Tim Russert, 'Meet the Press' Host, Dead at 58

  • Playlist
  • Download
  • Embed
    <iframe src="" width="100%" height="290" frameborder="0" scrolling="no" title="NPR embedded audio player">
  • Transcript
Tim Russert in September 2007 i

Russert smiles during a taping of Meet the Press at the NBC studios Sept. 16, 2007, in Washington, D.C. Alex Wong/Getty Images for Meet the Press hide caption

toggle caption Alex Wong/Getty Images for Meet the Press
Tim Russert in September 2007

Russert smiles during a taping of Meet the Press at the NBC studios Sept. 16, 2007, in Washington, D.C.

Alex Wong/Getty Images for Meet the Press

Tim Russert

Age: 58. Born May 7, 1950, in Buffalo, N.Y.

Work: Moderator, NBC News' Meet the Press, 1991-2008; Washington bureau chief, NBC News, 1988-2008; reporter, NBC News, 1984-88; counselor, New York governor's office in Albany, N.Y., 1983-84; special counsel, U.S. Senate, 1977-82.

Education: Bachelor's degree, John Carroll University, 1972; law degree, Cleveland-Marshall College of Law at Cleveland State University, 1976.

Family: Wife, Maureen Orth; son, Luke.

— From The Associated Press

Tim Russert, one of the nation's most respected political journalists, collapsed and died from an apparent heart attack on Friday at the NBC News bureau in Washington, D.C. He was preparing for this Sunday's installment of NBC's political interview show, Meet the Press, which he had presided over since late 1991. Russert was 58.

Though Russert's death was first revealed in online reports, former NBC anchor Tom Brokaw announced the news on the network's sister cable channel MSNBC. A visibly shaken Brokaw called him "one of the premier journalists of our time," adding: "I think I can invoke personal privilege to say this news division will not be the same without his strong, clear voice."

NPR media correspondent David Folkenflik likened Russert's table at the popular Sunday morning news program to the smoke-filled rooms of previous generations where serious political issues were debated. "If you were not ready for prime time, Tim Russert's questioning would expose that," he says.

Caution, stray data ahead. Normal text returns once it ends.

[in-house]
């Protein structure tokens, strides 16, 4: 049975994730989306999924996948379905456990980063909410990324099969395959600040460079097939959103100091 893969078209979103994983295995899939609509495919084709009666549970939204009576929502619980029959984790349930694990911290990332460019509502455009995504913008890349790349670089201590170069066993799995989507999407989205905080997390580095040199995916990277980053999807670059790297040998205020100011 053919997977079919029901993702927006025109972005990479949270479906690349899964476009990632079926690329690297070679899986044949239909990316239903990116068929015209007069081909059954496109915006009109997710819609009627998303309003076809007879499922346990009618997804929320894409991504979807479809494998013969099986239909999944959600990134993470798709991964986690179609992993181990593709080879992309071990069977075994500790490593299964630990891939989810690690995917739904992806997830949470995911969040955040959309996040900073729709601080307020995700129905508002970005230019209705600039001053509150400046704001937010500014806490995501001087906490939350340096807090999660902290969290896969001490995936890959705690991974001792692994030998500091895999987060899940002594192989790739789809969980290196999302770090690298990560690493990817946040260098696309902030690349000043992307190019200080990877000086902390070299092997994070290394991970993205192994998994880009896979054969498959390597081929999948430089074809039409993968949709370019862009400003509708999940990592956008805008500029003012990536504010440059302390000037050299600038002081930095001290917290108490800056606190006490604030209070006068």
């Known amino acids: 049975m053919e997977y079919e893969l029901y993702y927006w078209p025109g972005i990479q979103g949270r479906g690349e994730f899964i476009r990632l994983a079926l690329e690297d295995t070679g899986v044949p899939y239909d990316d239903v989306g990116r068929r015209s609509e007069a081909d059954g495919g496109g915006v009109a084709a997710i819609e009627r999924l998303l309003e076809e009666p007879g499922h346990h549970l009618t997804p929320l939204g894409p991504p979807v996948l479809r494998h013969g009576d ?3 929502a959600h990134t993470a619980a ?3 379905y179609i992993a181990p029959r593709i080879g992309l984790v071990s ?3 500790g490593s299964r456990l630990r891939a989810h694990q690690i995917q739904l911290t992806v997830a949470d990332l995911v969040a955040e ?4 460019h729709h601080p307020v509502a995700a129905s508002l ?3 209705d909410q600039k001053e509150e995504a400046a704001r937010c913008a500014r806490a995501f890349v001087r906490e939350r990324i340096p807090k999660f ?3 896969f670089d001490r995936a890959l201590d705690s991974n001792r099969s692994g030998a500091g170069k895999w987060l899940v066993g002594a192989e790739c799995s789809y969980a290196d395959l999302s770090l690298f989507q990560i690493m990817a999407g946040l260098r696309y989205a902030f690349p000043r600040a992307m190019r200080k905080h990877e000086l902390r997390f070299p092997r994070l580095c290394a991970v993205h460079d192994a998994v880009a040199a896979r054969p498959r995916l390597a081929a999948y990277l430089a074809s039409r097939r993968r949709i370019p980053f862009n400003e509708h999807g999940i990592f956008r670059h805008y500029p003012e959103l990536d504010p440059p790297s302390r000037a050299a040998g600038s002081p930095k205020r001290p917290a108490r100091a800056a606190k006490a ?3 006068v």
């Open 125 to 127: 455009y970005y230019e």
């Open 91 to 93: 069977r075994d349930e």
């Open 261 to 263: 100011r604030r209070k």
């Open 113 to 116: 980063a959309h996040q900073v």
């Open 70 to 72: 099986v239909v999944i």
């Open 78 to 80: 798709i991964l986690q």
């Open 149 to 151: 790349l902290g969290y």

Russert did not betray his personal beliefs on the air, but he held powerful figures accountable — senators, presidents, prime ministers alike. But Russert's passion for the political game was infectious, and he used MSNBC to chase the latest stories. "He took advantage of the cable channel to be on the air as much as events warranted," says Folkenflik.

With his wry smile and his trademark white board and felt marker, Russert was known for his incisive calculations of the U.S. electoral system. He marveled at the chaos of election night in 2000 — and helped make sense of it by scribbling on a white board. When Illinois Sen. Barack Obama pulled away from New York Sen. Hillary Clinton in the Democratic primaries last month, it was Russert's pronouncement that made it clear her viability was coming to an end.

He was also a commanding and comforting presence at NBC's Washington bureau. "People throughout NBC are clearly in deep mourning," Folkenflik says. Russert's colleagues say he routinely championed their work and strengthened it through his own endless list of well-placed contacts.

Russert was a proud son of Buffalo, N.Y., where he was born to Catholic working-class parents. He wrote a book called Big Russ & Me,about his relationship with his father, a garbage collector, that became a New York Times best-seller. An ardent fan of the Buffalo Bills, Russert went on to receive a Jesuit education and ultimately earned a law degree. He later worked for Sen. Daniel Patrick Moynihan and former New York Gov. Mario Cuomo.

When Russert first joined NBC, he did so as a senior executive. But when he became a journalist, "he applied a lawyer's ability for inquisition to find the truth," says Folkenflik. Russert often cited the advice given him by Lawrence Spivak, one of his predecessors on Meet the Press: Be aggressive, persistent and civil.



Please keep your community civil. All comments must follow the Community rules and terms of use, and will be moderated prior to posting. NPR reserves the right to use the comments we receive, in whole or in part, and to use the commenter's name and location, in any medium. See also the Terms of Use, Privacy Policy and Community FAQ.

NPR thanks our sponsors

Become an NPR sponsor

Support comes from